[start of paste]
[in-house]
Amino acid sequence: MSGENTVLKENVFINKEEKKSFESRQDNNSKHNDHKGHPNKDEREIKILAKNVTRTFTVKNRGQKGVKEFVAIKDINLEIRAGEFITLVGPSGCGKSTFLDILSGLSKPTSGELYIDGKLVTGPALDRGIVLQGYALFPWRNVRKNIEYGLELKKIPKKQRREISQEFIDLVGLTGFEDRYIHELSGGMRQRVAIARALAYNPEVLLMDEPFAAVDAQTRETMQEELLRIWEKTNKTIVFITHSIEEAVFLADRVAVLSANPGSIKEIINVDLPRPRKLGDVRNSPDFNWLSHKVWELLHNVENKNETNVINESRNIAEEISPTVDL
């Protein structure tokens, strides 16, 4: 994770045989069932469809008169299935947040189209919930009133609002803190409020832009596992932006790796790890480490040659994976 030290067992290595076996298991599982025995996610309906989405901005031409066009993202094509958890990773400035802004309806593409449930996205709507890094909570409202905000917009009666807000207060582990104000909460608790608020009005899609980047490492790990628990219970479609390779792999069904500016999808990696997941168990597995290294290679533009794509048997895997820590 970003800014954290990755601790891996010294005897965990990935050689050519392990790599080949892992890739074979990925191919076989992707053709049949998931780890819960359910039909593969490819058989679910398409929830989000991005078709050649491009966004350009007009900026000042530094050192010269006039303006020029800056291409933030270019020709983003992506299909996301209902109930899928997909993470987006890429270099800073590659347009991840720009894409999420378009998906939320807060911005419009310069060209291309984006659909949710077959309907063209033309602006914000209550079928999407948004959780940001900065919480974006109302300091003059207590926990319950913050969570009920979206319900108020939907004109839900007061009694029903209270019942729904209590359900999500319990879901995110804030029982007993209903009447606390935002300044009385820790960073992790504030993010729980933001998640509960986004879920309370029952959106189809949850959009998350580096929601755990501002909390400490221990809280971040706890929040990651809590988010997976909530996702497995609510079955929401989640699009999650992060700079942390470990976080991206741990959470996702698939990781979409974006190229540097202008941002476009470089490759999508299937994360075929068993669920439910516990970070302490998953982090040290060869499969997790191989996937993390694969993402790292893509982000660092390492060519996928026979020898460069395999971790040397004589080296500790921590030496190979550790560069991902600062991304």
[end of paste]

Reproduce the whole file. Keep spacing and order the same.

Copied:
[in-house]
Amino acid sequence: MSGENTVLKENVFINKEEKKSFESRQDNNSKHNDHKGHPNKDEREIKILAKNVTRTFTVKNRGQKGVKEFVAIKDINLEIRAGEFITLVGPSGCGKSTFLDILSGLSKPTSGELYIDGKLVTGPALDRGIVLQGYALFPWRNVRKNIEYGLELKKIPKKQRREISQEFIDLVGLTGFEDRYIHELSGGMRQRVAIARALAYNPEVLLMDEPFAAVDAQTRETMQEELLRIWEKTNKTIVFITHSIEEAVFLADRVAVLSANPGSIKEIINVDLPRPRKLGDVRNSPDFNWLSHKVWELLHNVENKNETNVINESRNIAEEISPTVDL
């Protein structure tokens, strides 16, 4: 994770045989069932469809008169299935947040189209919930009133609002803190409020832009596992932006790796790890480490040659994976 030290067992290595076996298991599982025995996610309906989405901005031409066009993202094509958890990773400035802004309806593409449930996205709507890094909570409202905000917009009666807000207060582990104000909460608790608020009005899609980047490492790990628990219970479609390779792999069904500016999808990696997941168990597995290294290679533009794509048997895997820590 970003800014954290990755601790891996010294005897965990990935050689050519392990790599080949892992890739074979990925191919076989992707053709049949998931780890819960359910039909593969490819058989679910398409929830989000991005078709050649491009966004350009007009900026000042530094050192010269006039303006020029800056291409933030270019020709983003992506299909996301209902109930899928997909993470987006890429270099800073590659347009991840720009894409999420378009998906939320807060911005419009310069060209291309984006659909949710077959309907063209033309602006914000209550079928999407948004959780940001900065919480974006109302300091003059207590926990319950913050969570009920979206319900108020939907004109839900007061009694029903209270019942729904209590359900999500319990879901995110804030029982007993209903009447606390935002300044009385820790960073992790504030993010729980933001998640509960986004879920309370029952959106189809949850959009998350580096929601755990501002909390400490221990809280971040706890929040990651809590988010997976909530996702497995609510079955929401989640699009999650992060700079942390470990976080991206741990959470996702698939990781979409974006190229540097202008941002476009470089490759999508299937994360075929068993669920439910516990970070302490998953982090040290060869499969997790191989996937993390694969993402790292893509982000660092390492060519996928026979020898460069395999971790040397004589080296500790921590030496190979550790560069991902600062991304």